In addition, we highlighted concerns about number of babies and infants that are entering care. The Nuffield Family Justice Observatory report ‘Born into care’ (2019) shows that disproportionate numbers of infants are appearing in care proceedings compared to any other aged child in Wales. It is also extremely important to protect the mental health and wellbeing of expectant and new parents as research demonstrates that maternal mental health is a crucial determinant of a child’s mental health. To reduce the number of infants taken into care, more must be done to develop strong working relationships between health and social care in order to strengthen the pre-birth support available for vulnerable families. There also needs to be more emphasis placed on identifying and addressing perinatal mental health problems within social work pre-birth assessments, with flexible outreach to engage and support mums early.  We urge Members of the Senedd to scrutinise the development of Welsh Government forthcoming mental health strategy, ensuring it accounts for the needs of vulnerable babies and infants who are at risk of going into care.


In Care


We are pleased that the Committee report placed renewed emphasis on the difficulties care experienced young people encounter when trying to access specialist mental health services across Wales. This is evidenced in our 2019 NSPCC Cymru Listen, Act, Thrive research: all participants talked about how challenging it is for those in care to access CAMHS services because of the high threshold for referral. Many spoke about needing to have a mental health diagnosis or be in ‘crisis’ before receiving support. They also spoke about long waiting times to access CAMHS and how a young person would be placed at the bottom of the waiting list if they moved placements.   Despite the requirement for mental health assessments to be conducted on entry into care, our Listen Act Thrive research also found that assessments are inadequate, guidance is lacking and training for staff is needed. Recent evidence from Care Inspectorate Wales also points to a lack of availability of emotional and therapeutic support for care experienced young people. This is why we are disappointed that Welsh Government has only accepted in part Recommendation 5 relating to legislation to introduce a statutory right to specialist therapeutic mental health support. We recognise that positive steps are being taken with the introduction of the NEST/NYTH framework but we must see a commitment to regularly review implementation to ensure that care experienced young people can access support when they need it.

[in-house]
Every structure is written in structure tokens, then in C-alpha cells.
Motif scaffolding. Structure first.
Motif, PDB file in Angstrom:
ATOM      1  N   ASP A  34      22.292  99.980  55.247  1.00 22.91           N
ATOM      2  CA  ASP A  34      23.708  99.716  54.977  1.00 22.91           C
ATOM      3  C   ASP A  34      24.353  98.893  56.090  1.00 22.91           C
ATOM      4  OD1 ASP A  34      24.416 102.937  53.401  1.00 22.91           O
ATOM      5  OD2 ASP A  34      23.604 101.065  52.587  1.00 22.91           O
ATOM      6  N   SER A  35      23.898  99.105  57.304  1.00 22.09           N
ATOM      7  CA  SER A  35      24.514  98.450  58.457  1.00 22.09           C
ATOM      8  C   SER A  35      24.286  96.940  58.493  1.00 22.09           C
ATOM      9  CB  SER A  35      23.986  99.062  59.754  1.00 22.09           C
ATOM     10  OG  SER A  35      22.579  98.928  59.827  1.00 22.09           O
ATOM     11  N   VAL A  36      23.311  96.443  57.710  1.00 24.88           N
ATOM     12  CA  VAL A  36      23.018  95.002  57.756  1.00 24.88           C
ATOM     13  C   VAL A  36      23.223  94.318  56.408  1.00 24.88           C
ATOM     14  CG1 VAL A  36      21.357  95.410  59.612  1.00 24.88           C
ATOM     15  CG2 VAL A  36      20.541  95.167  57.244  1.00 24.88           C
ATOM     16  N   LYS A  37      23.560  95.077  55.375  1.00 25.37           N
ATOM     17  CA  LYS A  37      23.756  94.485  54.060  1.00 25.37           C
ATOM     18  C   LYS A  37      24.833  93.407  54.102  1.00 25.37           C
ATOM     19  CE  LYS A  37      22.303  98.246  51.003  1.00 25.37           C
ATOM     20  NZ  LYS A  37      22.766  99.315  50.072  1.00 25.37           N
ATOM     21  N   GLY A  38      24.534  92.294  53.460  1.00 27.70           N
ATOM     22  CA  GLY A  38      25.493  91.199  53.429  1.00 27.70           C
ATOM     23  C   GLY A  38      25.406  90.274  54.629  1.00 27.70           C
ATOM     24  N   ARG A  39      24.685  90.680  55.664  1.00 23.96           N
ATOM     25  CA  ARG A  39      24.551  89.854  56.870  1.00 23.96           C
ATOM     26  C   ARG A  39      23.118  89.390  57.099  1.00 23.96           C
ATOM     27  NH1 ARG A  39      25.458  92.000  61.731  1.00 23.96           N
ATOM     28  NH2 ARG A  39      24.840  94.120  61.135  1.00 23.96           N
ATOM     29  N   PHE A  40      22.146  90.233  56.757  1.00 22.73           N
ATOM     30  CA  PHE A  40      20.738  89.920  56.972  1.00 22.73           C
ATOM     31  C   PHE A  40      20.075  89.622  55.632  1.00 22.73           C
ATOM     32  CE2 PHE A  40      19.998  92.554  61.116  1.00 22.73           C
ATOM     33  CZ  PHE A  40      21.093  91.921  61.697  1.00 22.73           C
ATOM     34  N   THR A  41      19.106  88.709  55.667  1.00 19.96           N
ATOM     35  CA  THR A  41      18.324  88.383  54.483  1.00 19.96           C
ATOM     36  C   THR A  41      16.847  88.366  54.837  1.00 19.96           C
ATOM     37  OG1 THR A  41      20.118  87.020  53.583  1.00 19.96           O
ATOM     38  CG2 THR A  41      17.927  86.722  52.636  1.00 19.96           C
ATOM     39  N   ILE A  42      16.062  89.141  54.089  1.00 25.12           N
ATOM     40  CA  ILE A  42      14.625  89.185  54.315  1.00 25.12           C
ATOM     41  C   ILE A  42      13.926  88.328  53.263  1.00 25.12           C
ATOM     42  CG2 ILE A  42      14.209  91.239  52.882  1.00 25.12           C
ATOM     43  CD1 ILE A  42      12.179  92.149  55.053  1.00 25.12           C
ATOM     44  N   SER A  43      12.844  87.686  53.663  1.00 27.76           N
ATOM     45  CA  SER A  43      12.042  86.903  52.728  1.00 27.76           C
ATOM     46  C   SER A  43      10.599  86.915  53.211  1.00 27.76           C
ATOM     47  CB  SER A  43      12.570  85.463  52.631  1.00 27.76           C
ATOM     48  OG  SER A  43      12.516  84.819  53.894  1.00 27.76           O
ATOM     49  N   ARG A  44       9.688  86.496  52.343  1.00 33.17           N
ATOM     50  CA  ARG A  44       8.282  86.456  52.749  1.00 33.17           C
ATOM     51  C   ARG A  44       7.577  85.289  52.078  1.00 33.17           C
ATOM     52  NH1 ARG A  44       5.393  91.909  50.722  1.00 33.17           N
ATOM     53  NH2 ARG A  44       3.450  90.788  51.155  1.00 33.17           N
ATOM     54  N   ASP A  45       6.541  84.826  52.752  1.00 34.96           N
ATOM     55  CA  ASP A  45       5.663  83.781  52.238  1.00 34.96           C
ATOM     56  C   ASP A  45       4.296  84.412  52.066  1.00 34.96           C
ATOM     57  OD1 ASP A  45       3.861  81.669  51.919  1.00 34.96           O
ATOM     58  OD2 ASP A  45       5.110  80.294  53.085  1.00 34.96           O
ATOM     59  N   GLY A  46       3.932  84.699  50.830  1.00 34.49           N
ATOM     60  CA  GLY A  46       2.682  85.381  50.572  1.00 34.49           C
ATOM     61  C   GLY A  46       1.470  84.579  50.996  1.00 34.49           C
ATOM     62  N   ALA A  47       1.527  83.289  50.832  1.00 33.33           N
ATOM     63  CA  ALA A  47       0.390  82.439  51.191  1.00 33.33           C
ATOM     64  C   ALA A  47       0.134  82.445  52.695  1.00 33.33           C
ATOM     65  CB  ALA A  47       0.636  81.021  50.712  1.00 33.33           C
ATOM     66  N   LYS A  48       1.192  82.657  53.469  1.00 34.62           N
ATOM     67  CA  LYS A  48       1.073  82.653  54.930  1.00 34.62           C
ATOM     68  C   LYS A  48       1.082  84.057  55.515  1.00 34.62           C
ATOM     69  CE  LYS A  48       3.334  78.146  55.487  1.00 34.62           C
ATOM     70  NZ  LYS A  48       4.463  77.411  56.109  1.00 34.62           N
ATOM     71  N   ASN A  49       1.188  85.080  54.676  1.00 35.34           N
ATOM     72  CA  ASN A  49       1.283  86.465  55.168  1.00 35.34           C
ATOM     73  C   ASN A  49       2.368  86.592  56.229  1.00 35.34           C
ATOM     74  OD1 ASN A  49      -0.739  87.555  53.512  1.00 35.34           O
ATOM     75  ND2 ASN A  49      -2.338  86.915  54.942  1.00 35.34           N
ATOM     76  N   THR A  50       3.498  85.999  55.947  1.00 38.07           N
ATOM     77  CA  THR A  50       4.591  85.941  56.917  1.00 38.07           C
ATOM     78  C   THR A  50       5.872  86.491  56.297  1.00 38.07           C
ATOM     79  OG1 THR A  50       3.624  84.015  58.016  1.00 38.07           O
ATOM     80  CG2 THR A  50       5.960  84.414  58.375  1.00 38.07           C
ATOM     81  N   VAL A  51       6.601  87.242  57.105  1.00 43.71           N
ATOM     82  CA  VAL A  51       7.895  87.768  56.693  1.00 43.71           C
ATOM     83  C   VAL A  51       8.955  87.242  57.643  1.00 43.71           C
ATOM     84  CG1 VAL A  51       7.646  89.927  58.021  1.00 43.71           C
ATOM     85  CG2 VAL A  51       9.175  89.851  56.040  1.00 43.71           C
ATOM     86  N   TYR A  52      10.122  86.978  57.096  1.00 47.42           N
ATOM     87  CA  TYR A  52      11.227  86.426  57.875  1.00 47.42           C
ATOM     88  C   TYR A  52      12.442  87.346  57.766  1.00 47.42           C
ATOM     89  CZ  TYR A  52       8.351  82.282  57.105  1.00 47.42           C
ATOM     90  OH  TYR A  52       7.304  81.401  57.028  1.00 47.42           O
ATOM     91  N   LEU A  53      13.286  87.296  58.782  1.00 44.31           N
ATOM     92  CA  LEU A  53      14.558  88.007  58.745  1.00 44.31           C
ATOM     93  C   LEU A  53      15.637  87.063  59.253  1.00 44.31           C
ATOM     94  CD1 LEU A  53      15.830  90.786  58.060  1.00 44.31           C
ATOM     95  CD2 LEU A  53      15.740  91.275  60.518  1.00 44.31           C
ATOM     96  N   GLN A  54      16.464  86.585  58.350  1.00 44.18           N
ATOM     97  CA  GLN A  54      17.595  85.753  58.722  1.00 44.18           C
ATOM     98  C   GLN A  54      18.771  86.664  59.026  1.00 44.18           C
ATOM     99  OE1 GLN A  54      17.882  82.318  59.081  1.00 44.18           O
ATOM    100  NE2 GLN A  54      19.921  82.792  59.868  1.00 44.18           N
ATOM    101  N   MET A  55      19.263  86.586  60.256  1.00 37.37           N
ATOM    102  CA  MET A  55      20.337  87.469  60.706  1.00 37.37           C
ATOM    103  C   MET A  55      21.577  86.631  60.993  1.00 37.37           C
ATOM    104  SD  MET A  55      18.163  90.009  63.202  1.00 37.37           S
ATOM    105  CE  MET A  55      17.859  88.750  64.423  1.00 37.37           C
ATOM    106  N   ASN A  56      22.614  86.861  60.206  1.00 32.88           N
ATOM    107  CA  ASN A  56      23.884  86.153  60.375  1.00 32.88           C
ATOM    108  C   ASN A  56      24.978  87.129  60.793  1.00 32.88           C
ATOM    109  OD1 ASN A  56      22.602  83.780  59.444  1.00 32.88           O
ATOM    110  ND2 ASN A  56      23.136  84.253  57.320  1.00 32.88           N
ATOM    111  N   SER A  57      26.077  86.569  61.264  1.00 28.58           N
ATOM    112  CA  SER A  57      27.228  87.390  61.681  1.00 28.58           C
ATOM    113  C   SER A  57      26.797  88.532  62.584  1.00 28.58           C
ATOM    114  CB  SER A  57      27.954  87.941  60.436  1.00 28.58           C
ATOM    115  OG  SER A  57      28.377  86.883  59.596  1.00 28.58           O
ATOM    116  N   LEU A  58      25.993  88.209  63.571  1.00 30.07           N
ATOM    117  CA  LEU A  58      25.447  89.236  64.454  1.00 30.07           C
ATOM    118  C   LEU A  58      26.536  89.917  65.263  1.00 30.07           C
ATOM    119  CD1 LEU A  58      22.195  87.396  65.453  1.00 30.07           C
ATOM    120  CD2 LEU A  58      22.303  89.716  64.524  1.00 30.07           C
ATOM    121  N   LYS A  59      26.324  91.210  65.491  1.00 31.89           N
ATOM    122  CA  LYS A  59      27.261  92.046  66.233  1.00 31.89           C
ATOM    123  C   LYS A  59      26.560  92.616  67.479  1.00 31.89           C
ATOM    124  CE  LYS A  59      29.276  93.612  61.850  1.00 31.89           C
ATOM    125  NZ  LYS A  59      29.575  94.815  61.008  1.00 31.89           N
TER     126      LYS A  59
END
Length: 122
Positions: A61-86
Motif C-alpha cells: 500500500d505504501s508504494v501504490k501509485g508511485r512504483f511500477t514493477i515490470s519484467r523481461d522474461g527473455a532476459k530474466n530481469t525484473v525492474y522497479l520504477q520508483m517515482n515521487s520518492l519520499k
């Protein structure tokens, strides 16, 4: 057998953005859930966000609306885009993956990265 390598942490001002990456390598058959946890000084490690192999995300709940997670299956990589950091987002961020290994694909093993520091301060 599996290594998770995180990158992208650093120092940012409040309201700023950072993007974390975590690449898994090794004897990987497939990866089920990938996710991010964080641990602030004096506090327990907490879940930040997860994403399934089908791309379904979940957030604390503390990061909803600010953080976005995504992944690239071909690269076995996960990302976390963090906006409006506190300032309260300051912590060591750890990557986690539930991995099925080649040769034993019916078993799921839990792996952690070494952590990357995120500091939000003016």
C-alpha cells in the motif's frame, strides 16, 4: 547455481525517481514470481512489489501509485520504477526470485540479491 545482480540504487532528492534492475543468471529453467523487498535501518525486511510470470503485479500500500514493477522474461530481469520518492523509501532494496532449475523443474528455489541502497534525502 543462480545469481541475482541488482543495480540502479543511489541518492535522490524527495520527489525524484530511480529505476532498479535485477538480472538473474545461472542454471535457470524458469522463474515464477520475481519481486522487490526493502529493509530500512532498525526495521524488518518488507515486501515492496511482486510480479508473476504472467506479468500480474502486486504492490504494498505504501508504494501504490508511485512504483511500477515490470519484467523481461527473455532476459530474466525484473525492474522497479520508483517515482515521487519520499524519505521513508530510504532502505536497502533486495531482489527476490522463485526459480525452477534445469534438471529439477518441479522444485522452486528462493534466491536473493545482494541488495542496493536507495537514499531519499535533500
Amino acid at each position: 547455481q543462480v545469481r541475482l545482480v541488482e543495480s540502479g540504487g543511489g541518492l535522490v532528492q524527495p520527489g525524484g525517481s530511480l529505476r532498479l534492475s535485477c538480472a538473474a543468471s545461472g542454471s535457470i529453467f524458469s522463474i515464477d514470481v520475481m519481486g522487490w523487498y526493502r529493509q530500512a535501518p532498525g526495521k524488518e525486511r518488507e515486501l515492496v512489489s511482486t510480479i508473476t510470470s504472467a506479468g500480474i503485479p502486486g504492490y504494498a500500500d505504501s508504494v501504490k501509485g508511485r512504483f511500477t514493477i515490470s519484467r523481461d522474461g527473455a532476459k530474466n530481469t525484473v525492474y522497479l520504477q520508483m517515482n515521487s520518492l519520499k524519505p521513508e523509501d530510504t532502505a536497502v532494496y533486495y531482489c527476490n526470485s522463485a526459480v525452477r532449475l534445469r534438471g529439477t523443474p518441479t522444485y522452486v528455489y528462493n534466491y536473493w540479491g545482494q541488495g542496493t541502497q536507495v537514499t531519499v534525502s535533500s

The Committee report rightly highlights the importance of children and young people being heard in the care system. We were pleased to see Recommendations 12 and 13 on a statutory right to advocacy for children, including those in residential care. It is disappointing that despite the evidence submitted to the Committee, Welsh Government has rejected both recommendations. It is crucial that we see a review of the implementation of the National Approach to ensure that it is delivering on its intention.


I would be grateful if you would consider raising these points during the session on Thursday,


Yours sincerely




Cecile Gwilym

Policy & Public Affairs Manager

Rheolwr Polisi a Materion Cyhoeddus 

Tel/Ffon: 02920108051